• Austria's news in English
 
app_header_v3

Austria's newest royal's triumphant return

Staff reporter · 11 May 2014, 17:18

Published: 11 May 2014 17:18 GMT+02:00

AFP/The Local - Austria's bearded transvestite crowned Eurovision queen Conchita Wurst returned home Sunday to a jubilant welcome, vowing to use her newfound fame to promote tolerance.

"This will remain an issue for a long time and I fear I won't see the end of it in my lifetime," said Wurst, who captured Europe's imagination at this year's edition of the song contest.

"It will be my life's work and I gladly take it on," the 25-year-old drag queen, who is also known as Tom Neuwirth, told reporters in Vienna.

"Yesterday was not just a victory for me but a victory for those people who believe in a future that can function without discrimination and is based on tolerance and respect."

Wurst's participation in the contest had sparked controversy ahead of the finals in Copenhagen, with petitions running in Belarus, Russia and Ukraine for her to be dropped from the competition.

Her win was also greeted by an outpouring of scorn from Russian politicians and stars.

But at Vienna airport, the waifish singer was greeted Sunday by a jubilant crowd that went wild when she stepped into the arrivals terminals in a flowing pale pink skirt and jeans vest.

At least 1,000 fans -- some of them wearing painted beards on their face, including women and children -- had been waiting for hours, playing Wurst's anthem "Rise like a Phoenix" non-stop and singing along at the top of their lungs, while waving Austrian and rainbow signs and banners that read "We love you!" and "Conchita Queen of Love + Tolerance".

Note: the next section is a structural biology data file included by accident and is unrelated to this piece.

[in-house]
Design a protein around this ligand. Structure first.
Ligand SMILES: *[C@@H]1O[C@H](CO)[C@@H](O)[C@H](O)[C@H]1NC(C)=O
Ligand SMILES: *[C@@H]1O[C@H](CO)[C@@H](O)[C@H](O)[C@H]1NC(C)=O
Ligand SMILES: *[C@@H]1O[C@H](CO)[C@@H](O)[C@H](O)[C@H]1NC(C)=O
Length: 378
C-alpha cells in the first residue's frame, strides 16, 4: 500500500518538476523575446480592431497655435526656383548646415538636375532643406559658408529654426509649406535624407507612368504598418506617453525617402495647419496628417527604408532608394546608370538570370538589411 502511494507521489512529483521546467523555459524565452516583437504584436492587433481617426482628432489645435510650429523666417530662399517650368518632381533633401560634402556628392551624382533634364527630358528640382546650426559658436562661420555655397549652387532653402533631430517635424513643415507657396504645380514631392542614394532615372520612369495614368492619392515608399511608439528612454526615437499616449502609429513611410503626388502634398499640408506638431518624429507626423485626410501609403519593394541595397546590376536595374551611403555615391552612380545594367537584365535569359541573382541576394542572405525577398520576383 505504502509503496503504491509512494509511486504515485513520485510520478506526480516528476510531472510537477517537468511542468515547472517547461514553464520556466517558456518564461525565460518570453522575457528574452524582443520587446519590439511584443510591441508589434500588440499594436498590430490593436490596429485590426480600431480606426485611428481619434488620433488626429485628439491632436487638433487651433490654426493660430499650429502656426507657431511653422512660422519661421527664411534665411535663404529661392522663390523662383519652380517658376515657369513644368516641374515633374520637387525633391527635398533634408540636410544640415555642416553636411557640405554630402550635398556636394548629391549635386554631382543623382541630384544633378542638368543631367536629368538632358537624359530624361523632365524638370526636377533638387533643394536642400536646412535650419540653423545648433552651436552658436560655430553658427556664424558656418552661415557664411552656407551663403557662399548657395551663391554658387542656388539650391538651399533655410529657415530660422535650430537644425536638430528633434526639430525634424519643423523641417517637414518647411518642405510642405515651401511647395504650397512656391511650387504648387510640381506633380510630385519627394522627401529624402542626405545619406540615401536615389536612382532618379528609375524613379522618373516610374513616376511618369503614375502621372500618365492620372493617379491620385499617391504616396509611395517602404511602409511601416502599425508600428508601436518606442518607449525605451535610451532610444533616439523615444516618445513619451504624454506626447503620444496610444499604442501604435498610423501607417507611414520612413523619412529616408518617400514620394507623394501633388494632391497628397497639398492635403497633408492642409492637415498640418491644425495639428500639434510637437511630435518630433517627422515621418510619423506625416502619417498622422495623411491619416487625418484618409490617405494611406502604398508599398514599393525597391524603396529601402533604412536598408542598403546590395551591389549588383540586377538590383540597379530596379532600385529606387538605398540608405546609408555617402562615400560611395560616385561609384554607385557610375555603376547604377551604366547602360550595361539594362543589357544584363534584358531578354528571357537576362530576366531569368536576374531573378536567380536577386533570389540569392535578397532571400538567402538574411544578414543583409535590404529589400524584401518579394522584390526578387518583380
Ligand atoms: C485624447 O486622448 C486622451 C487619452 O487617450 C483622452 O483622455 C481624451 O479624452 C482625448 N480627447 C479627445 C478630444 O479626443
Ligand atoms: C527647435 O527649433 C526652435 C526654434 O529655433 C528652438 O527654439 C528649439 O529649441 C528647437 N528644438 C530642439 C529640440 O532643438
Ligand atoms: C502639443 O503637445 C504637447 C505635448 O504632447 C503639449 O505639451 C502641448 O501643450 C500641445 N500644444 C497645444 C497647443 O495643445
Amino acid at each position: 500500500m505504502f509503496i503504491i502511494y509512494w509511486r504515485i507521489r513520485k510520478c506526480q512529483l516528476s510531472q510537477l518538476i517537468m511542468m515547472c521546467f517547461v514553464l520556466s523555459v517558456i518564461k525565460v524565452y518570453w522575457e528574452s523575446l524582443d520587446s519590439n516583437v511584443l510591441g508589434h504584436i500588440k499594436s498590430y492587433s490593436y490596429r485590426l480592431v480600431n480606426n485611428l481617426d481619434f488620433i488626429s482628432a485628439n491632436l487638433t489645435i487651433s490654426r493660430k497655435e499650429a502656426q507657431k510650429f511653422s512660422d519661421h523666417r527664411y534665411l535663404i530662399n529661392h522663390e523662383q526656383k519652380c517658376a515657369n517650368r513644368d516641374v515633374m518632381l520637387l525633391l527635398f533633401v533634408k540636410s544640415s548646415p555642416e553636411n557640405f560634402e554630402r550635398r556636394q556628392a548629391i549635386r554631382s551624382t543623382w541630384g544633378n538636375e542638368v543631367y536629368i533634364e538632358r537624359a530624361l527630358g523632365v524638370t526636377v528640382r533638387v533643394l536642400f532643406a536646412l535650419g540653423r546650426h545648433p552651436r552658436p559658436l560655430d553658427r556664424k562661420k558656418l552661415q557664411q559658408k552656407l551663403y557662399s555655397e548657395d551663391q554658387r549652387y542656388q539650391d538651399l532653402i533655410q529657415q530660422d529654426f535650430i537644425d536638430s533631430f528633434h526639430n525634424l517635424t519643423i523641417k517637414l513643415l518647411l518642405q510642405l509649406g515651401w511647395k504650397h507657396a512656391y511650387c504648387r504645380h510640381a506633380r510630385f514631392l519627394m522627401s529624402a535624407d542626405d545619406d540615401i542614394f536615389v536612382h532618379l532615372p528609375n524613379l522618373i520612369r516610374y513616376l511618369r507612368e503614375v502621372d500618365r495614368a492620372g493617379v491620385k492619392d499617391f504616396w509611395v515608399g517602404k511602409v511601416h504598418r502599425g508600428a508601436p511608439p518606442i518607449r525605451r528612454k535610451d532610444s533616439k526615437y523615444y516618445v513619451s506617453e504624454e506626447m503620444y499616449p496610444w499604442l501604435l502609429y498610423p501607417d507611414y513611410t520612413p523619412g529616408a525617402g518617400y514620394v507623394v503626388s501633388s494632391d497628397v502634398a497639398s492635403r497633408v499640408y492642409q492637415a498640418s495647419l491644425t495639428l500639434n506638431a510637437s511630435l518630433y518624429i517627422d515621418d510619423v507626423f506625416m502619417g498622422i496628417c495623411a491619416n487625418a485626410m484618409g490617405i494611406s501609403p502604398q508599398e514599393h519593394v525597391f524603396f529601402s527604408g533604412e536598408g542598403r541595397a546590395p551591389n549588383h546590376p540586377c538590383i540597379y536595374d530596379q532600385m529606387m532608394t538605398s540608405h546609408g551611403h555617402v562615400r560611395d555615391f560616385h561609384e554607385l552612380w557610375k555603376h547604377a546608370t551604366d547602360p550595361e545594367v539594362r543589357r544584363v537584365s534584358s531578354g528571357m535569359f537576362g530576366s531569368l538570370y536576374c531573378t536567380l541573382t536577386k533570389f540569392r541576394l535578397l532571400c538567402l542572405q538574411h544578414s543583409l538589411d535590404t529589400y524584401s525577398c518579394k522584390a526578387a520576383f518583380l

Surrounded by an international media scrum, she lifted her Eurovision trophy in the air and smiled to the cameras.

"I don't really feel vindicated (against her critics). I believe everything happens for a reason," she said afterwards.

She insisted she was no "ambassador of tolerance... I'm just doing my little bit. This is what I was given and I feel it's my duty as an artist to work in that direction."

After her win on Saturday, Wurst cried out: "We are unity, and we are unstoppable."

"That was obviously meant for certain politicians whom we all know," she explained in Vienna. Asked if she meant Russian President Vladimir Putin, who last year signed a law banning "gay propaganda", she replied coyly "among others".

"It's the end of Europe"